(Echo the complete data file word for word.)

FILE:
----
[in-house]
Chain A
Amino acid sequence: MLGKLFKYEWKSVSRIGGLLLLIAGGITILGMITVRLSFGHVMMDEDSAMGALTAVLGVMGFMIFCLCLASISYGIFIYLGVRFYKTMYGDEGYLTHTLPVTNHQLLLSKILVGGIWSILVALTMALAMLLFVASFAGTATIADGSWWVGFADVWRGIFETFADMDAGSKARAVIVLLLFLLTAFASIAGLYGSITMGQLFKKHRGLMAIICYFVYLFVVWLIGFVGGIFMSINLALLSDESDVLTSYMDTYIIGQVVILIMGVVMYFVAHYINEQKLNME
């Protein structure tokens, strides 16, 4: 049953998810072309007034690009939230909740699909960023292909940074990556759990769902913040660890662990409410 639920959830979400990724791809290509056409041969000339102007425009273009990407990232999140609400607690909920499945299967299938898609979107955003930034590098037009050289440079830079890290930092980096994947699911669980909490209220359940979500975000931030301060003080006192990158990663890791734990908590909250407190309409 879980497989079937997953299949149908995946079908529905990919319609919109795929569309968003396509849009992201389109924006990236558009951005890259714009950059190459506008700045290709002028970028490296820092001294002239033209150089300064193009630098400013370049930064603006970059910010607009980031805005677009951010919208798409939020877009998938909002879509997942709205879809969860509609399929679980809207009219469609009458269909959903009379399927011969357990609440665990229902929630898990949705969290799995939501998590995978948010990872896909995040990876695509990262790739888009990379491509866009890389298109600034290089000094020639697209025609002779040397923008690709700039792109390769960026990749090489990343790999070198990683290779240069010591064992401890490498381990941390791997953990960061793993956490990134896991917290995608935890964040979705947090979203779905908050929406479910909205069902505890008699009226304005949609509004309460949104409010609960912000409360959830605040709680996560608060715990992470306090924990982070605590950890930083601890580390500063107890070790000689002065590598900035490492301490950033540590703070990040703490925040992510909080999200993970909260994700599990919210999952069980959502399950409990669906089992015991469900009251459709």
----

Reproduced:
[in-house]
Chain A
Amino acid sequence: MLGKLFKYEWKSVSRIGGLLLLIAGGITILGMITVRLSFGHVMMDEDSAMGALTAVLGVMGFMIFCLCLASISYGIFIYLGVRFYKTMYGDEGYLTHTLPVTNHQLLLSKILVGGIWSILVALTMALAMLLFVASFAGTATIADGSWWVGFADVWRGIFETFADMDAGSKARAVIVLLLFLLTAFASIAGLYGSITMGQLFKKHRGLMAIICYFVYLFVVWLIGFVGGIFMSINLALLSDESDVLTSYMDTYIIGQVVILIMGVVMYFVAHYINEQKLNME
């Protein structure tokens, strides 16, 4: 049953998810072309007034690009939230909740699909960023292909940074990556759990769902913040660890662990409410 639920959830979400990724791809290509056409041969000339102007425009273009990407990232999140609400607690909920499945299967299938898609979107955003930034590098037009050289440079830079890290930092980096994947699911669980909490209220359940979500975000931030301060003080006192990158990663890791734990908590909250407190309409 879980497989079937997953299949149908995946079908529905990919319609919109795929569309968003396509849009992201389109924006990236558009951005890259714009950059190459506008700045290709002028970028490296820092001294002239033209150089300064193009630098400013370049930064603006970059910010607009980031805005677009951010919208798409939020877009998938909002879509997942709205879809969860509609399929679980809207009219469609009458269909959903009379399927011969357990609440665990229902929630898990949705969290799995939501998590995978948010990872896909995040990876695509990262790739888009990379491509866009890389298109600034290089000094020639697209025609002779040397923008690709700039792109390769960026990749090489990343790999070198990683290779240069010591064992401890490498381990941390791997953990960061793993956490990134896991917290995608935890964040979705947090979203779905908050929406479910909205069902505890008699009226304005949609509004309460949104409010609960912000409360959830605040709680996560608060715990992470306090924990982070605590950890930083601890580390500063107890070790000689002065590598900035490492301490950033540590703070990040703490925040992510909080999200993970909260994700599990919210999952069980959502399950409990669906089992015991469900009251459709």